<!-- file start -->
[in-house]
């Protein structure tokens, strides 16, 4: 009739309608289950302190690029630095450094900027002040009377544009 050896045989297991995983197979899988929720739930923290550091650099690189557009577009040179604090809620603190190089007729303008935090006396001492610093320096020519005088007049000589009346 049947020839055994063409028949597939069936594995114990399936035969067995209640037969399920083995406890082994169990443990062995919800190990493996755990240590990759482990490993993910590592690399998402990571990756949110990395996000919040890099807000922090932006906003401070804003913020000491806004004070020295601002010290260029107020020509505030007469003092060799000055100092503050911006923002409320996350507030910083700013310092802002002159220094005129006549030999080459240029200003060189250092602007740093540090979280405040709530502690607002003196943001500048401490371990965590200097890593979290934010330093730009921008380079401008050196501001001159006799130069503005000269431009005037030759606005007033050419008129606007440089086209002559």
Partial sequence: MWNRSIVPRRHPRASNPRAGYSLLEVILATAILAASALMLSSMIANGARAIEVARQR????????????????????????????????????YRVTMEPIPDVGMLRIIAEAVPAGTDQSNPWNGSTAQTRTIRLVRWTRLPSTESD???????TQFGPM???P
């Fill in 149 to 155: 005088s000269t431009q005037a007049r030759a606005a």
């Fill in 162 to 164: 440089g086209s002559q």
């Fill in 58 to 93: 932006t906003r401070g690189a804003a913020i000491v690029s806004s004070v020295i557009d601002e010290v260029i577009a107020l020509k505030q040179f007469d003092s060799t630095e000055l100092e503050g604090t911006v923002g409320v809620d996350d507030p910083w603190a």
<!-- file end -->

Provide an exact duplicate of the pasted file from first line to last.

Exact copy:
[in-house]
């Protein structure tokens, strides 16, 4: 009739309608289950302190690029630095450094900027002040009377544009 050896045989297991995983197979899988929720739930923290550091650099690189557009577009040179604090809620603190190089007729303008935090006396001492610093320096020519005088007049000589009346 049947020839055994063409028949597939069936594995114990399936035969067995209640037969399920083995406890082994169990443990062995919800190990493996755990240590990759482990490993993910590592690399998402990571990756949110990395996000919040890099807000922090932006906003401070804003913020000491806004004070020295601002010290260029107020020509505030007469003092060799000055100092503050911006923002409320996350507030910083700013310092802002002159220094005129006549030999080459240029200003060189250092602007740093540090979280405040709530502690607002003196943001500048401490371990965590200097890593979290934010330093730009921008380079401008050196501001001159006799130069503005000269431009005037030759606005007033050419008129606007440089086209002559």
Partial sequence: MWNRSIVPRRHPRASNPRAGYSLLEVILATAILAASALMLSSMIANGARAIEVARQR????????????????????????????????????YRVTMEPIPDVGMLRIIAEAVPAGTDQSNPWNGSTAQTRTIRLVRWTRLPSTESD???????TQFGPM???P
């Fill in 149 to 155: 005088s000269t431009q005037a007049r030759a606005a």
């Fill in 162 to 164: 440089g086209s002559q």
């Fill in 58 to 93: 932006t906003r401070g690189a804003a913020i000491v690029s806004s004070v020295i557009d601002e010290v260029i577009a107020l020509k505030q040179f007469d003092s060799t630095e000055l100092e503050g604090t911006v923002g409320v809620d996350d507030p910083w603190a």